Response to M’embe’s editorial on Masumba

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Given where we are coming from as a nation, the conviction of Stephen Masumba and his being sent to prison is a big credit to the rule of law in this country.

Watchdog response: It is not. It is a credit to the particular magistrate who handled the case and shows that within the rotten judiciary especially at the top, there are still a few men and women who can be counted on. If Acting Chief Justice Lombe Chibesakunda or one of the corrupt senior judges handled this case, Masumba would have walked to freedom. He has appealed right? Wait and see.

Masumba at the time of his conviction was a deputy minister in President Michael Sata’s government. Masumba is a vital member of parliament for the Patriotic Front because he represents a region of our country where the ruling party’s support base is weak. But still more, Masumba has not been spared from the due process of the law. And above all, after his conviction, he has been fired from his position as deputy minister of sports. For this, the biggest portion of credit goes to Michael.

Watchdog response: If Sata is such a believer in the rule of law, why did he appoint Masumba when he knew or ought to have known that he was under arrest? Masumba was arrested way before he was appointed deputy minister. In fact, it was this arrest that sent Masumba to PF in search of protection. The answer could be that at that time Masumba was vital and needed to penetrate Northwestern. Now he is dispensable. He has already ‘taken’ PF to Mufumbwe. If it was GBM, Kabimba or any of Sata’s really allies; we would be talking about a different matter today.

We should not forget that when faced with similar situations, Rupiah Banda acted differently. Rupiah got the result he wanted from our courts. If he wanted a friend to be acquitted, he got the acquittal. If Rupiah wanted an enemy or opponent to be convicted, he got the conviction.

Watchdog response: Is that so? Looks like you are the only one who has forgotten. Who was president of Zambia in 2010 when deputy minister of Health Dr Solomon Musonda was fired? Was it not Rupiah Banda who relieved Dr Musonda for shooting a PF thug? Infact, RB relived Dr Musonda of his duties even before he was convicted. The Post newspaper itself reported that:“President Banda said he has decided to relieve Hon Musonda of his duties after receiving a report indicating that the Director of Public Prosecution has recommended for the prosecution of the deputy minister following a shooting incident in his constituency. President Banda said he wanted Hon Musonda to concentrate on his case. The President said he also wanted the judicial process to take its course in the matter.”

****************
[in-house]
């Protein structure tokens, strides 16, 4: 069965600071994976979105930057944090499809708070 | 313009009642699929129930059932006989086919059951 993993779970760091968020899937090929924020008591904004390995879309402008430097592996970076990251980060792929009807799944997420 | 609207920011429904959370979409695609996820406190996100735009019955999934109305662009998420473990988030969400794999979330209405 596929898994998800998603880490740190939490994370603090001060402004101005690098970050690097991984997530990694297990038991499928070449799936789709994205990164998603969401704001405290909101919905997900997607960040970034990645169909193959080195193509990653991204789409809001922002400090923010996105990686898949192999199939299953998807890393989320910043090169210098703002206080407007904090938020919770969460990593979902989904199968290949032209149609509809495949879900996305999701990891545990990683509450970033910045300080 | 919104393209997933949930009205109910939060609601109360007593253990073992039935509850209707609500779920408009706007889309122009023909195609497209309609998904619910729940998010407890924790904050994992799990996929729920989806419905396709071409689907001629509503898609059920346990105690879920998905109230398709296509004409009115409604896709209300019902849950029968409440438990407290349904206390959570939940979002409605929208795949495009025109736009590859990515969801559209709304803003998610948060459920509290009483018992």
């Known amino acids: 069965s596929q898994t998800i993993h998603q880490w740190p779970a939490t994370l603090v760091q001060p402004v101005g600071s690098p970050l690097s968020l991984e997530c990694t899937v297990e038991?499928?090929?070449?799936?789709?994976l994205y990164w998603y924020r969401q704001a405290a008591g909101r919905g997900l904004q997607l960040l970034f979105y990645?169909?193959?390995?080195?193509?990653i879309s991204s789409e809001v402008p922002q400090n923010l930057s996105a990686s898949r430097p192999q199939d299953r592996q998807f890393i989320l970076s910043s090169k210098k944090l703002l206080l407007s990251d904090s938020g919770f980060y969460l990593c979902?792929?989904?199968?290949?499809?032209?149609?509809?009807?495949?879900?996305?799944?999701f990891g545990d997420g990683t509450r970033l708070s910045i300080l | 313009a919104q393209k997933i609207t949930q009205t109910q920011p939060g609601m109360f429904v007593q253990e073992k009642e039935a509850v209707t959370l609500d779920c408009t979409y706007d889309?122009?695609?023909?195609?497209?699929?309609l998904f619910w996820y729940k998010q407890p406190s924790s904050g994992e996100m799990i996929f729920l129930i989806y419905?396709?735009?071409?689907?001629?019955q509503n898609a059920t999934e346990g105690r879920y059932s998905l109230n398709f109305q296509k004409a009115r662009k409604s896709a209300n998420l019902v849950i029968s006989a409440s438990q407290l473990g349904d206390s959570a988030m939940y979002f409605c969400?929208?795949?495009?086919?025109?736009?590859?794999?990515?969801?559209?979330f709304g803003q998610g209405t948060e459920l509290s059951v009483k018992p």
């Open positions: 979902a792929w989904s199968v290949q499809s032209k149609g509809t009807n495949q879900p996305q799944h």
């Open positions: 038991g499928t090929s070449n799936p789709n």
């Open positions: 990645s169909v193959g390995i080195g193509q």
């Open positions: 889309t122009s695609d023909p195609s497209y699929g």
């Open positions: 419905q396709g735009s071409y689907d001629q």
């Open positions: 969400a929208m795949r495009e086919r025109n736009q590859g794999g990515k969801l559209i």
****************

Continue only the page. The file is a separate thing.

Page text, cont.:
So who deserves more credit here, Sata or RB?


When Rupiah wanted Frederick Chiluba to be acquitted of his corruption charges, the acquittal was granted. And Rupiah went around boasting that he freed Chiluba from going to jail. And when Rupiah wanted Chiluba’s assets not to be seized following the London High Court judgment that the government had obtained against him, his wish was granted. This is not the case with Michael. He would have loved Masumba to be acquitted, but there was nothing he could do – the rule of law had to take its course.

Watchdog response: Why can’t Sata register the London Judgement now or seize Chiluba’s property instead of decorating and improving the ‘plunderers’s grave?

Some credit also goes to Masumba. At no point did Masumba try to politicise his case as most politicians do whenever they are arrested and prosecuted for a crime or any offence. Masumba sincerely believed he was going to be acquitted. And when the acquittal did not come, he looked for no other avenue other than the one he is entitled to under the law – appeal to the High Court.

Watchdog Response: Perhaps Fred M’emembe and Mtembo Nchito can learn a lesson from Masumba over the K14 billion they owe us through the DBZ and other parastatals.

And Masumba’s appeal is a legitimate one. The fact that the magistrate’s decision in this case has been respected does not mean that one should agree with it. Our courts do sometimes get things wrong. And this error margin in their decisions is provided for through the appeal system. And sometimes if the court arrives at a wrong decision maliciously, the law also provides for other avenues for one to complain against that type of misconduct.

Watchdog Response: All appeals are legitimate. But why is the Post so bitter in this particular case? Is it because the magistrate ignored their malicious editorials aimed at intimidating him so that he could acquit Masumba? Please understand that you have lost influence. No one apart form Sata and other thugs take your editorials seriously.

This is the way things should be conducted. And as Robert Sichinga correctly says, the law of the land should be the same for everyone regardless of their political positions or affiliations. This is what the rule of law entails: equality before the law. The right to equality before the law, or equal protection of the law as it is often phrased, is fundamental to any just and democratic society. Whether rich or poor, political ally of the state or opponent – all are entitled to equal protection before the law.

Watchdog response: Very true. This equality should however be extended to paying back government loans. You can’t be pursuing cross border traders to pay back the one pin they owe CEEC but let those who DBZ K14 billion to go scotfree.

Of course, the democratic state cannot guarantee that life will treat everyone equally, and it has no responsibility to do so. However, under no circumstances should the state impose additional inequalities; it should be required to deal evenly and equally with all its people.